Public Sector Banks chiefs Srikanth Vadlamani welcome move but analysts sceptical

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Mumbai | Published: January 25, 2018 5:21 AM

While public sector bank chiefs welcomed the government’s capital allocation and the proposed measures suggested by the finance ministry, analysts pointed out that the steps outlined in Wednesday's announcement may fall short of addressing some of the structural issues in the banking sector.

psb, psb chief, psb chief welcomes move, analysts sceptical, capital allocationAnalysts pointed out that the steps outlined in Wednesday’s announcement may fall short of addressing some of the structural issues in the banking sector. (Image: ANI)

While public sector bank chiefs welcomed the government’s capital allocation and the proposed measures suggested by the finance ministry, analysts pointed out that the steps outlined in Wednesday’s announcement may fall short of addressing some of the structural issues in the banking sector. “As far as the reforms are concerned, they are overall positive, but we don’t think that they are meaningful enough to address the structural weakness in the banks’ corporate governance,” said Srikanth Vadlamani, vice president, financial institutions group, Moody’s Investors Service. Analysts said reforms around bank board supervision and improving the performance management system in the Indian banking sector will help to iron-out the more structural challenges. Some of the steps spelt out on Wednesday, especially those related to consortium lending, are more geared to address problems specific to the current NPA cycle. “Many of these ideas were proposed by bankers to the finance ministry in a meeting in November. We are glad that they have incorporated our suggestions,” said Anshula Kant, deputy MD and CFO, State Bank of India. She pointed out that most bankers believe there are too many banks in a lending consortium.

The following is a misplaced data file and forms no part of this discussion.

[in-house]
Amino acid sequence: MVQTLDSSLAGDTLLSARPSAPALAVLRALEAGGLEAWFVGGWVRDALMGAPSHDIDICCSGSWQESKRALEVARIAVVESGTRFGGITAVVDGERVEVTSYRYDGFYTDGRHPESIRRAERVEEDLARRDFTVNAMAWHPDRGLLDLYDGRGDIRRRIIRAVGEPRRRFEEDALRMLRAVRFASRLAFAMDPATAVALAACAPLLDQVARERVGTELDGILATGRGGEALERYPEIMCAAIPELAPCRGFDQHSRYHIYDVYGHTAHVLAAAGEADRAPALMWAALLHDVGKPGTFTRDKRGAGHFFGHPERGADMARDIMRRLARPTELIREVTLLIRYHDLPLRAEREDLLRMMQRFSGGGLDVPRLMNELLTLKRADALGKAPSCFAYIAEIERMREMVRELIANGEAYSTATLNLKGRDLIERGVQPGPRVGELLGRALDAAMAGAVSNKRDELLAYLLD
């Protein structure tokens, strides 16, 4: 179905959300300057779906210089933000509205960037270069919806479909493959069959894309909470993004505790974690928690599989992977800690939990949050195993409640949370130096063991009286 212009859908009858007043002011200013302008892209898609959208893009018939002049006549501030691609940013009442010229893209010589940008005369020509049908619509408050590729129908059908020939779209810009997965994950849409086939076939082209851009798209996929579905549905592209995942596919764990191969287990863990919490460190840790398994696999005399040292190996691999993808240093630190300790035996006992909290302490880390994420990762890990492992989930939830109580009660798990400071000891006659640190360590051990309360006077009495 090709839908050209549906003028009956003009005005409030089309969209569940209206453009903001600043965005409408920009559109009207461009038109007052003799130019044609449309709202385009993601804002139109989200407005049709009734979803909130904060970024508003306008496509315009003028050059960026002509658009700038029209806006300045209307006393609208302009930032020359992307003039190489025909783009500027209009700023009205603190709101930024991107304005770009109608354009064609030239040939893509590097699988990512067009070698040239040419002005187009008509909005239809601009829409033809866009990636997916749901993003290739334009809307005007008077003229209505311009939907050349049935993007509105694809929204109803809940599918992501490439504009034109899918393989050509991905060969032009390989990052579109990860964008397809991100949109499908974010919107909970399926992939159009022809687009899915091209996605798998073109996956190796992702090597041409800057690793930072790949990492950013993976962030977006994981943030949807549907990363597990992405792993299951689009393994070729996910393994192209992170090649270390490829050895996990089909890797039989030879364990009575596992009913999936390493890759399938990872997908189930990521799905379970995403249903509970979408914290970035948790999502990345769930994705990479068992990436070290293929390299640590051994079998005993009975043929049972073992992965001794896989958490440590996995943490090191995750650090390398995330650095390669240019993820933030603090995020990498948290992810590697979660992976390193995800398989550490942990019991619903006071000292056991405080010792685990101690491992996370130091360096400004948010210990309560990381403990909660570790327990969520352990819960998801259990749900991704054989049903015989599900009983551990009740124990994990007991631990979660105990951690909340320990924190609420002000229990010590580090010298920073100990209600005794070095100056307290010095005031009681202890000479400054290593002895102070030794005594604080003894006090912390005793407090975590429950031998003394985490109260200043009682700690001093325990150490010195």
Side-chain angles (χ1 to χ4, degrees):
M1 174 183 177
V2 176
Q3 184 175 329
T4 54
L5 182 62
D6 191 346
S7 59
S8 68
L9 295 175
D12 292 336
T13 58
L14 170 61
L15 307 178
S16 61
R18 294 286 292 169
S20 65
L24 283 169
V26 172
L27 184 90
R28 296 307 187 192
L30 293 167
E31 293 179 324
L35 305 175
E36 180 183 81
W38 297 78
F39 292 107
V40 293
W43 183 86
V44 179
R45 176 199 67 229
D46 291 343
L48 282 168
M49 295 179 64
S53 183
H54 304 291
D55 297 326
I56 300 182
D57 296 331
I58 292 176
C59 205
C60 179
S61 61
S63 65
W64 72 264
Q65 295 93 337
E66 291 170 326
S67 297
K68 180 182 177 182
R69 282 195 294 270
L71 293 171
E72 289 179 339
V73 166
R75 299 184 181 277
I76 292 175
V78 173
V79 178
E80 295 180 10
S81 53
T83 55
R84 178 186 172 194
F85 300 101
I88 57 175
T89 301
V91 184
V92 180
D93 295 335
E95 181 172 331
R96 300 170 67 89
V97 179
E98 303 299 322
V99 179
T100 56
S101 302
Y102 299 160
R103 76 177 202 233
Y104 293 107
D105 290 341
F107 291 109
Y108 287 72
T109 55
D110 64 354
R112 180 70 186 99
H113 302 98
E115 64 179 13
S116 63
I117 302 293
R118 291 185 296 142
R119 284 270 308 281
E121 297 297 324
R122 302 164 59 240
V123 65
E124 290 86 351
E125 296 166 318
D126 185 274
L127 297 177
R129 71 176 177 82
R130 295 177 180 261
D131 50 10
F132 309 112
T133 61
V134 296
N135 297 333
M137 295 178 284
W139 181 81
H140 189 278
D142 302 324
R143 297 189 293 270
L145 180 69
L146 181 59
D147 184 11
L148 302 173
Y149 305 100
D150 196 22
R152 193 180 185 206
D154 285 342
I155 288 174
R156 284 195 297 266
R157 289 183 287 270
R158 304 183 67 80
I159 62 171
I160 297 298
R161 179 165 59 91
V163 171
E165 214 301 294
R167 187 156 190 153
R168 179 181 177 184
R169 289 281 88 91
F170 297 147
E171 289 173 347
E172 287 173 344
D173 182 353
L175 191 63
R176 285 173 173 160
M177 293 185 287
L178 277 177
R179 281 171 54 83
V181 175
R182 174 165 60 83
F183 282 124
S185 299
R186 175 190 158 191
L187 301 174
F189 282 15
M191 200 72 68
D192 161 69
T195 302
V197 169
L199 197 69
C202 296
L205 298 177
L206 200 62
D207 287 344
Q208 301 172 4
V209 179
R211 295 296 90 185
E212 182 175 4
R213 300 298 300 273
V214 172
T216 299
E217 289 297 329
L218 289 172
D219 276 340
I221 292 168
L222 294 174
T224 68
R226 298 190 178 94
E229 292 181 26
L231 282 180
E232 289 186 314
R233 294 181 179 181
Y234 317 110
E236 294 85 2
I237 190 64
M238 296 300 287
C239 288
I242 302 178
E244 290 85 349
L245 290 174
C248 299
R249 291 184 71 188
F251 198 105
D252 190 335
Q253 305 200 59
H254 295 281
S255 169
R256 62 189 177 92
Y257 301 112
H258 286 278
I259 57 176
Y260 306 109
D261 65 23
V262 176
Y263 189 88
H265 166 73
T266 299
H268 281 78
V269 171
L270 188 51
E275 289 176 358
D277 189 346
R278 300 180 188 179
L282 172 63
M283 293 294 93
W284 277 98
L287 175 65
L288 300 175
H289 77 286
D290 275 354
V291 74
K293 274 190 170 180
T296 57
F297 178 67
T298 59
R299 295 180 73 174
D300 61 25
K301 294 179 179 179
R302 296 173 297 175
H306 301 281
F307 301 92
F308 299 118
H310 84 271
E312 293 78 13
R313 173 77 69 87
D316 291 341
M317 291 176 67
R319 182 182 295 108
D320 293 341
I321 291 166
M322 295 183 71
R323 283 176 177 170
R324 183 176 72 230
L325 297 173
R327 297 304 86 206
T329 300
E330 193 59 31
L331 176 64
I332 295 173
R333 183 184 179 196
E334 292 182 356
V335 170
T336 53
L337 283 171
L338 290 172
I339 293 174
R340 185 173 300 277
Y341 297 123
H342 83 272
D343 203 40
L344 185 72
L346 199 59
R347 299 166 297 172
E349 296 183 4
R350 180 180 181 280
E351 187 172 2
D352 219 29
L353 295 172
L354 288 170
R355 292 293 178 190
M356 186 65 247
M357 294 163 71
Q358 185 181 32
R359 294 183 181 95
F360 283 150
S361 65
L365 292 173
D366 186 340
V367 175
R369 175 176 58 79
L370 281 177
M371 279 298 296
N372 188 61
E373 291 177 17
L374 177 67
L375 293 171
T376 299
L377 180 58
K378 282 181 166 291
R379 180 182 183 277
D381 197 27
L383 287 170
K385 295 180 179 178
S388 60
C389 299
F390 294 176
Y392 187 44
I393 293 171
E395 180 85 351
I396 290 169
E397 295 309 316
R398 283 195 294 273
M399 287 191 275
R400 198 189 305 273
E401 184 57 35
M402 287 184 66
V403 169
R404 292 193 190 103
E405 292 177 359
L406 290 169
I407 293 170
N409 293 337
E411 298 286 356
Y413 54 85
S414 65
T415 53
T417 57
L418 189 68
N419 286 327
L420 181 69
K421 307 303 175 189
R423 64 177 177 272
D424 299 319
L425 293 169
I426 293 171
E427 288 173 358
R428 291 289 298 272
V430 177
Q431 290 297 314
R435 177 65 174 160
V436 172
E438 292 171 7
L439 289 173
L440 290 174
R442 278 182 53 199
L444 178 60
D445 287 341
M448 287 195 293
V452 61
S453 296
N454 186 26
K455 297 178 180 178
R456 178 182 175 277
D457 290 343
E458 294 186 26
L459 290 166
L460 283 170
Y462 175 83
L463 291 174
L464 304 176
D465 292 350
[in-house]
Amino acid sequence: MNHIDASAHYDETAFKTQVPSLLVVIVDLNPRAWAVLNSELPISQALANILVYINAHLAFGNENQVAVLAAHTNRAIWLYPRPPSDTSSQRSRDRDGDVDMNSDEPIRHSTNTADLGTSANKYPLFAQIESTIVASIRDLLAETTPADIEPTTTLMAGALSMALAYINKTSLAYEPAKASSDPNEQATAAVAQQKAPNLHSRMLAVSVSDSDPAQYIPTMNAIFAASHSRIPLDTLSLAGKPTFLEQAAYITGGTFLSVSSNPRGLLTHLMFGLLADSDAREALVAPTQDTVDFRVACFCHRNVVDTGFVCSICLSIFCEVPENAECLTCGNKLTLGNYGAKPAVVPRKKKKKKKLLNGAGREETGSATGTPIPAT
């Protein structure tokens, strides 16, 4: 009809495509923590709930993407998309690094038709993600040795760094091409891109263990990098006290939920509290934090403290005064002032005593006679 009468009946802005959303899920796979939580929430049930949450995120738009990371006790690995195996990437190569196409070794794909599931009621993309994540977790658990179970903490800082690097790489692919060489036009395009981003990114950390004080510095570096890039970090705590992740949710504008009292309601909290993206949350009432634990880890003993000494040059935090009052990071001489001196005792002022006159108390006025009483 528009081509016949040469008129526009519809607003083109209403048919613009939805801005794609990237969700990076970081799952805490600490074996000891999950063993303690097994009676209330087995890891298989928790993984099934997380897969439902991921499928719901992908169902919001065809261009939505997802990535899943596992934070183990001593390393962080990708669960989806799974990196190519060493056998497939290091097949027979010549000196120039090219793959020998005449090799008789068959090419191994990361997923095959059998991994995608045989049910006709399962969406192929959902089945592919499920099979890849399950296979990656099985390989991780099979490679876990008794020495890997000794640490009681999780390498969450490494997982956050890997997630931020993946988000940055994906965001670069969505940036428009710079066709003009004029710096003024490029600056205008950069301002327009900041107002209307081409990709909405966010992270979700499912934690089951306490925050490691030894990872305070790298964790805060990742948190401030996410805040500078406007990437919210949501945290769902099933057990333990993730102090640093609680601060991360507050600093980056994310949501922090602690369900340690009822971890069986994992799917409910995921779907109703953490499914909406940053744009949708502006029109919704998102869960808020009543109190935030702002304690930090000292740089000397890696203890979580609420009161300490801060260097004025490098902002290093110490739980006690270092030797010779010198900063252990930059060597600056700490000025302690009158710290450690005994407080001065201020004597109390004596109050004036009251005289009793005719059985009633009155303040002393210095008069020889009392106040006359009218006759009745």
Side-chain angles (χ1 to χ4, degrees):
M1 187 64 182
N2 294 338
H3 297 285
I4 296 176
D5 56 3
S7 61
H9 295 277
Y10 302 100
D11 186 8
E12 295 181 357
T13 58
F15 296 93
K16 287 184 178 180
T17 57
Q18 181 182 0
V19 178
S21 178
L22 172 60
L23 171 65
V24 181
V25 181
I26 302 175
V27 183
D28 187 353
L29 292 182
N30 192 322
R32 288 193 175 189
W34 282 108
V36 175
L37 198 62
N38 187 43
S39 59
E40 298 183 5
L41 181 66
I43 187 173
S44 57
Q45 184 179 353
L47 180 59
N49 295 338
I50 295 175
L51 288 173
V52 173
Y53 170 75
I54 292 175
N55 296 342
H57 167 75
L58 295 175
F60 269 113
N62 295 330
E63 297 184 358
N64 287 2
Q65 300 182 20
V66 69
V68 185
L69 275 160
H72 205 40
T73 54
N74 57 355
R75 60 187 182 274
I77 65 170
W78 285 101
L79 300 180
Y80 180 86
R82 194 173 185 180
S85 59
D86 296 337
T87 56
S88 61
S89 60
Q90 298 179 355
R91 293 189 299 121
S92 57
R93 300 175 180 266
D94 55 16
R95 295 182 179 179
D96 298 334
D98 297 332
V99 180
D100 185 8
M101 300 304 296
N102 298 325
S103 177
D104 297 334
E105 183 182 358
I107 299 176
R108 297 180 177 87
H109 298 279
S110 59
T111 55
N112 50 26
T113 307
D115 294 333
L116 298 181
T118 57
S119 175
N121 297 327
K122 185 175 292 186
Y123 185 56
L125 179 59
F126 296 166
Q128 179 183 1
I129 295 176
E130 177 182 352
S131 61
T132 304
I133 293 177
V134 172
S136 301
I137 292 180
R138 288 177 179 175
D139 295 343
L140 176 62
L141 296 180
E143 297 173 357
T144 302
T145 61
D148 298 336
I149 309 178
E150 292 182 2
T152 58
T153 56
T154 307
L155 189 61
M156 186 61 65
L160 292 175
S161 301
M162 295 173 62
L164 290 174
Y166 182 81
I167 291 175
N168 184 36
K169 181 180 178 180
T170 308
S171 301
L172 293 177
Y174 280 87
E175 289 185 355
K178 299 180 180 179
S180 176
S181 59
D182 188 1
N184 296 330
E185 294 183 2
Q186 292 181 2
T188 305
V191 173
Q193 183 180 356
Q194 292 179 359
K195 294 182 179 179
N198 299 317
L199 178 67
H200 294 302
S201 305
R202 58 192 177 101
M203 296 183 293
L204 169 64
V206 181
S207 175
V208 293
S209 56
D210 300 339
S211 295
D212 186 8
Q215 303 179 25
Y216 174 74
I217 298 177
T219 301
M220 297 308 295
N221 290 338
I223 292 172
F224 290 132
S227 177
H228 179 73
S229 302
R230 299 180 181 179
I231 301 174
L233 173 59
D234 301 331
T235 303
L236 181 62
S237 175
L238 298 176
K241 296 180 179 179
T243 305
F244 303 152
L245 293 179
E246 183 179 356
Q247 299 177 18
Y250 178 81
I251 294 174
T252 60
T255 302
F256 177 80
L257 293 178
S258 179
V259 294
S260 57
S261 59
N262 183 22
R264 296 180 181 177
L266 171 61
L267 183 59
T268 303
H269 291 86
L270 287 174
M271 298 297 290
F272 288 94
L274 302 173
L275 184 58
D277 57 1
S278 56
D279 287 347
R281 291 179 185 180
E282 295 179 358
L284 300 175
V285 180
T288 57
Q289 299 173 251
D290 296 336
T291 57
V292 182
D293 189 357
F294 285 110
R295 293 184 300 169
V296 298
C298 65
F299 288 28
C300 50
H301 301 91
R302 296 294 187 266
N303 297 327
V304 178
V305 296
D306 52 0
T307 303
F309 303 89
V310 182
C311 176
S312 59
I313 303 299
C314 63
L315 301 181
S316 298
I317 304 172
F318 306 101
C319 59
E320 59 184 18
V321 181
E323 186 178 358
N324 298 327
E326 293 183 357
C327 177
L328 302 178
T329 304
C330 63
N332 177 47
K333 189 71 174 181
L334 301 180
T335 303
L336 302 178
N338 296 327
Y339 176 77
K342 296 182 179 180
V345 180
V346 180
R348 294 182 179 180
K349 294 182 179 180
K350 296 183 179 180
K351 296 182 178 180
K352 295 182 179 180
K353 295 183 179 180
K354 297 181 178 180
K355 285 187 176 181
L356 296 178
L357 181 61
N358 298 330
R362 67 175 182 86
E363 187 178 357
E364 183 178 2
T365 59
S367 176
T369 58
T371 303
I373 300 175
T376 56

The bankers had suggested that only banks with strong balance sheets should be part of the consortium. “We think it will bring more discipline to the process. Also, enforcement of the covenant between the bankers will ensure that the borrowers cannot play one bank against the other,” Kant added. In terms of the capital allocation, Vadlamani pointed out that the priority of the government has been to ensure that all the public sector banks meet the prescribed capital levels after providing for the loan loss provisions in the next few quarters. After meeting this requirement, whatever capital is left, has been given to the stronger banks as growth capital. “The overriding objective of the government is to maintain the systemic stability. There is no contradiction in the government’s stance,” Vadlamani said. Credit ratings agency ICRA said the current capital allocation is based on the capital ratios and the NPA levels of individual banks and ability of these banks to absorb credit losses from their operations.

“Certain banks have received much higher capital in relation to the March 31, 2018 regulatory requirements, which possibly reflects the likelihood of much higher credit provisioning these banks will require on their NPAs during the H2FY2018. While the current capital allocation is higher for weaker banks, the next round of recapitalisation (`64,861 crore in FY2019) could be based on the performance of the banks, with stronger banks receiving higher share of capital,” it said. As far as focusing more on the small and medium enterprises (SME) sector is concerned, Kant said, “We see a window of opportunity in the SME sector. Margins for banks are better in the SME sector. And we cannot ignore the fact that this sector does not have enough access to formal bank credit. So there is a strong case in lending more to the SMEs.” She also contended that at a time when lending to large corporates was in a slow lane, this segment could offer growth opportunities.

However, analysts view some of the measures spelt out by the finance ministry as part of its reforms package as being directed at sections that had so far been neglected and needed to be attended to in the run-up to elections in 2019. Moves such as providing for banking correspondents within a 5 km radius and increasing credit to poorer credit profile small businesses, may prove counterproductive at a time when the focus is on improving quality of assets and the financial strength of banks, especially those under prompt corrective action (PCA), who have been the recipients of a larger share of the recapitalisation resources.

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